The Court of Appeals for the Eleventh Circuit has vacated a lower court’s approval of class certification in a Telephone Consumer Protection Act case, ruling that some of the named plaintiffs in the class did not have standing to sue in federal court.
A copy of the ruling in the case of Drazen v. Godaddy.com can be accessed by clicking here.
Three different cases against the defendant — one from Alabama and two from Arizona — were consolidated into one lawsuit. The suits accused the defendant of violating the TCPA by sending a text message to market its products and services using an automated telephone dialing system.
A proposed settlement was reached, in which members of the class could choose to receive either $35 or a coupon for $150 that could only be used for Godaddy goods and services. Attorneys representing the plaintiffs were due to receive 30% of the $35 million settlement.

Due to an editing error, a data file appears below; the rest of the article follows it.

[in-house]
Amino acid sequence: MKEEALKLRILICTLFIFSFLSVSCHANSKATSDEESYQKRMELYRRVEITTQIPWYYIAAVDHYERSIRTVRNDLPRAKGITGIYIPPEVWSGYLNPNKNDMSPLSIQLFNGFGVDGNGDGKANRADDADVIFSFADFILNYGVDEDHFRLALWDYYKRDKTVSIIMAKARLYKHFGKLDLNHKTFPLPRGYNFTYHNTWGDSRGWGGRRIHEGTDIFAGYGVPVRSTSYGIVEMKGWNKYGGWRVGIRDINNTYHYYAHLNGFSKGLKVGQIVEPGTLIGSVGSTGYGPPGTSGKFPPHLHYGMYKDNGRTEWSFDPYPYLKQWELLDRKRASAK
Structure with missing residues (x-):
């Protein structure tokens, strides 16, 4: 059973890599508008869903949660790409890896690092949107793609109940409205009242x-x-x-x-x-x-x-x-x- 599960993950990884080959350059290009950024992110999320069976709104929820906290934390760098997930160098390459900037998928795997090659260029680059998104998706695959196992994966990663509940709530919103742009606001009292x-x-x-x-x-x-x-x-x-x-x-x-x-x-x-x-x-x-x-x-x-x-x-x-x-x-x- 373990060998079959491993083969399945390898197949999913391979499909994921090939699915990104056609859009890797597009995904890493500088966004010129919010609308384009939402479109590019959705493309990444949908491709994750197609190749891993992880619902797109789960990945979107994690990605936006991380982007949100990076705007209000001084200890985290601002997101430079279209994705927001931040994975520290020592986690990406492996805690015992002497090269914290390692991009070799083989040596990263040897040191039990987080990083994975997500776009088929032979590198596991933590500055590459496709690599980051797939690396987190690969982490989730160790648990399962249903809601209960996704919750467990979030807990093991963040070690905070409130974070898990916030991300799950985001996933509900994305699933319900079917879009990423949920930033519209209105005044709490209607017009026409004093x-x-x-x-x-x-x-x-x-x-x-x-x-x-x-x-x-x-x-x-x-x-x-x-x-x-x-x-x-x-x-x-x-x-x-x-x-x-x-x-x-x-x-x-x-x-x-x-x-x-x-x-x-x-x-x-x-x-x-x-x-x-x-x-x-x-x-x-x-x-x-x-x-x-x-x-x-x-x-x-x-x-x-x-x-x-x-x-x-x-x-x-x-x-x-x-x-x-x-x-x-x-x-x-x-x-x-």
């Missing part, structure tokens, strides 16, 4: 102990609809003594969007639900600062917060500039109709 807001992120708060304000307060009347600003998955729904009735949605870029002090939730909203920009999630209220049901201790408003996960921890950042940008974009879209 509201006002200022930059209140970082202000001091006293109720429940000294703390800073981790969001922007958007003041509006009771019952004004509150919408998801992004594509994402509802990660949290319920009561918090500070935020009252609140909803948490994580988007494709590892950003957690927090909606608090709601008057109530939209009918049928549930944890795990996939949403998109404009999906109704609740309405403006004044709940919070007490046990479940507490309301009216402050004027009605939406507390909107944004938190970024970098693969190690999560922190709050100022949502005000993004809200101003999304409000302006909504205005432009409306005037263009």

After a member of the class objected to the terms of the settlement — based on the coupons that were being offered — because the redemption of the coupons would affect the amount of the settlement, and thus, the amount that the plaintiffs’ attorneys were entitled to. The objection was overturned and the settlement was approved, at which point the member of the class appealed to the Eleventh Circuit.
By certifying a class that included individuals who received one unsolicited text, the District Court granted standing to plaintiffs who otherwise should not have had it, the Court of Appeals wrote in overturning the decision.
“… when a class seeks certification for the sole purpose of a damages settlement under Rule 23(e), the class definition must be limited to those individuals who have Article III standing,” the Appeals Court wrote. “If every plaintiff within the class definition in the class action in TransUnion [v. Ramirez] had to have Article III standing to recover damages after trial, logically so too must be the case with a court-approved class action settlement.”